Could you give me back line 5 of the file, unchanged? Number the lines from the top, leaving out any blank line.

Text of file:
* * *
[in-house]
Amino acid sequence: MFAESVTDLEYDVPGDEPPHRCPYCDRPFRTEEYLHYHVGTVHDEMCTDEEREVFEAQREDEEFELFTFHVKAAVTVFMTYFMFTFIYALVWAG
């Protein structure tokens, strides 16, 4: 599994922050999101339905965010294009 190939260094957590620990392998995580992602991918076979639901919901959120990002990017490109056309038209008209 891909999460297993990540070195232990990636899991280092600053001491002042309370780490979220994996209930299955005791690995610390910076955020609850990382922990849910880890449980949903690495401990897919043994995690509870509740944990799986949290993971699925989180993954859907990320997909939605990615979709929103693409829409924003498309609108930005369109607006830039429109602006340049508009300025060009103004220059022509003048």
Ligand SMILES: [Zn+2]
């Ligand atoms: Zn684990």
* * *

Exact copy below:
């Ligand atoms: Zn684990």